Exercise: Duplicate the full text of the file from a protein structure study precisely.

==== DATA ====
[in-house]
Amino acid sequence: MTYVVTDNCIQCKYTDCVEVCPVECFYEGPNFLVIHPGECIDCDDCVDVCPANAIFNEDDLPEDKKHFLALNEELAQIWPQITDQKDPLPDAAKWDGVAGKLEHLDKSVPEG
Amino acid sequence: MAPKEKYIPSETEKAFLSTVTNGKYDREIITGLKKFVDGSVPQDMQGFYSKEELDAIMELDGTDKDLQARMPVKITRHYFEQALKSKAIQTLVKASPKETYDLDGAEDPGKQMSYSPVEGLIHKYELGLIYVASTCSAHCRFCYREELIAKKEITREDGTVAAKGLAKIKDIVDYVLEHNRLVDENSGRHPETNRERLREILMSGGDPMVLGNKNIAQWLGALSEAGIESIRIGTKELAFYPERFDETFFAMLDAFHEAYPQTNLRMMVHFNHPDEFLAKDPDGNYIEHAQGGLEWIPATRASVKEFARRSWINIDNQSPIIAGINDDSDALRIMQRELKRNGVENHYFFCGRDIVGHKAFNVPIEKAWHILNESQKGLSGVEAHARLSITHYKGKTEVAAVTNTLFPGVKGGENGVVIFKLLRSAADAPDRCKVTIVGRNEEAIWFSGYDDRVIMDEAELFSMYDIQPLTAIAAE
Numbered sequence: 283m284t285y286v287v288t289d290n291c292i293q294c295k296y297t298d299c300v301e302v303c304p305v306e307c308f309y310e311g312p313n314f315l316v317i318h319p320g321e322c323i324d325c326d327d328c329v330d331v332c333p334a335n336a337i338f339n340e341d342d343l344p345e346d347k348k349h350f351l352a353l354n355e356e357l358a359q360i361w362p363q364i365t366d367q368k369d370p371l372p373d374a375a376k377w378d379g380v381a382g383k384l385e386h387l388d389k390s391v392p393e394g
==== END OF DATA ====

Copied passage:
[in-house]
Amino acid sequence: MTYVVTDNCIQCKYTDCVEVCPVECFYEGPNFLVIHPGECIDCDDCVDVCPANAIFNEDDLPEDKKHFLALNEELAQIWPQITDQKDPLPDAAKWDGVAGKLEHLDKSVPEG
Amino acid sequence: MAPKEKYIPSETEKAFLSTVTNGKYDREIITGLKKFVDGSVPQDMQGFYSKEELDAIMELDGTDKDLQARMPVKITRHYFEQALKSKAIQTLVKASPKETYDLDGAEDPGKQMSYSPVEGLIHKYELGLIYVASTCSAHCRFCYREELIAKKEITREDGTVAAKGLAKIKDIVDYVLEHNRLVDENSGRHPETNRERLREILMSGGDPMVLGNKNIAQWLGALSEAGIESIRIGTKELAFYPERFDETFFAMLDAFHEAYPQTNLRMMVHFNHPDEFLAKDPDGNYIEHAQGGLEWIPATRASVKEFARRSWINIDNQSPIIAGINDDSDALRIMQRELKRNGVENHYFFCGRDIVGHKAFNVPIEKAWHILNESQKGLSGVEAHARLSITHYKGKTEVAAVTNTLFPGVKGGENGVVIFKLLRSAADAPDRCKVTIVGRNEEAIWFSGYDDRVIMDEAELFSMYDIQPLTAIAAE
Numbered sequence: 283m284t285y286v287v288t289d290n291c292i293q294c295k296y297t298d299c300v301e302v303c304p305v306e307c308f309y310e311g312p313n314f315l316v317i318h319p320g321e322c323i324d325c326d327d328c329v330d331v332c333p334a335n336a337i338f339n340e341d342d343l344p345e346d347k348k349h350f351l352a353l354n355e356e357l358a359q360i361w362p363q364i365t366d367q368k369d370p371l372p373d374a375a376k377w378d379g380v381a382g383k384l385e386h387l388d389k390s391v392p393e394g